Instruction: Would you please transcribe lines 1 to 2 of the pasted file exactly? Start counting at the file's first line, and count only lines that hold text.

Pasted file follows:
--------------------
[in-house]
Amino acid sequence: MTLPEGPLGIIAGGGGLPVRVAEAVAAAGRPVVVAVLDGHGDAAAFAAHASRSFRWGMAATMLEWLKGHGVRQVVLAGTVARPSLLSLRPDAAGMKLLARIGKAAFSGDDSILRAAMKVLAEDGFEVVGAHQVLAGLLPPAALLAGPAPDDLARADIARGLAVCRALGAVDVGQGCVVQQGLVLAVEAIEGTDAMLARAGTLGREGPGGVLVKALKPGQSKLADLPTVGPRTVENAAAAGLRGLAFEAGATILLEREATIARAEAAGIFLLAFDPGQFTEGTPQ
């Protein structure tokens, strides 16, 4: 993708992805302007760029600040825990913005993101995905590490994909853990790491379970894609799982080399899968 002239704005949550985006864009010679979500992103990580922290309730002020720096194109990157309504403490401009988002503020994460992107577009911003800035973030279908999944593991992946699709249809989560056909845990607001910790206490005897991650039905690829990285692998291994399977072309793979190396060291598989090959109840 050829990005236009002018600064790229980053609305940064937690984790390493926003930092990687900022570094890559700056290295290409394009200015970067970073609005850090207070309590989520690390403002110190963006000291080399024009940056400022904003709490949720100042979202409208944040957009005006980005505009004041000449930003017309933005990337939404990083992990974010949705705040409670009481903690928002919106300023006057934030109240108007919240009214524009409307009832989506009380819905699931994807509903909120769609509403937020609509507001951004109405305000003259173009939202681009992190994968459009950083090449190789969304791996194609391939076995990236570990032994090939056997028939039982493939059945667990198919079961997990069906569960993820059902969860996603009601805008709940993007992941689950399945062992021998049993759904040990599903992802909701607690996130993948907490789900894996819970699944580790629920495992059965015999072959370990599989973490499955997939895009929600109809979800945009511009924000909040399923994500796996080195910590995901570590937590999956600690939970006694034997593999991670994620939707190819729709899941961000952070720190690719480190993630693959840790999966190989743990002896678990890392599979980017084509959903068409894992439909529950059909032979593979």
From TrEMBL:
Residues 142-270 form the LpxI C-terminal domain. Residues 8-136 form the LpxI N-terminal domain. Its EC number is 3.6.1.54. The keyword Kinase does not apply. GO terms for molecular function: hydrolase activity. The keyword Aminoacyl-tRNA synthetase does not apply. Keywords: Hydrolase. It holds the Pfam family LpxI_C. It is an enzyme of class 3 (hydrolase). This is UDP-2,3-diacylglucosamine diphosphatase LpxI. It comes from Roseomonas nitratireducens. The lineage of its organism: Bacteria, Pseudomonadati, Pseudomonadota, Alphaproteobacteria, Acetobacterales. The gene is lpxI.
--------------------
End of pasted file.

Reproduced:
[in-house]
Amino acid sequence: MTLPEGPLGIIAGGGGLPVRVAEAVAAAGRPVVVAVLDGHGDAAAFAAHASRSFRWGMAATMLEWLKGHGVRQVVLAGTVARPSLLSLRPDAAGMKLLARIGKAAFSGDDSILRAAMKVLAEDGFEVVGAHQVLAGLLPPAALLAGPAPDDLARADIARGLAVCRALGAVDVGQGCVVQQGLVLAVEAIEGTDAMLARAGTLGREGPGGVLVKALKPGQSKLADLPTVGPRTVENAAAAGLRGLAFEAGATILLEREATIARAEAAGIFLLAFDPGQFTEGTPQ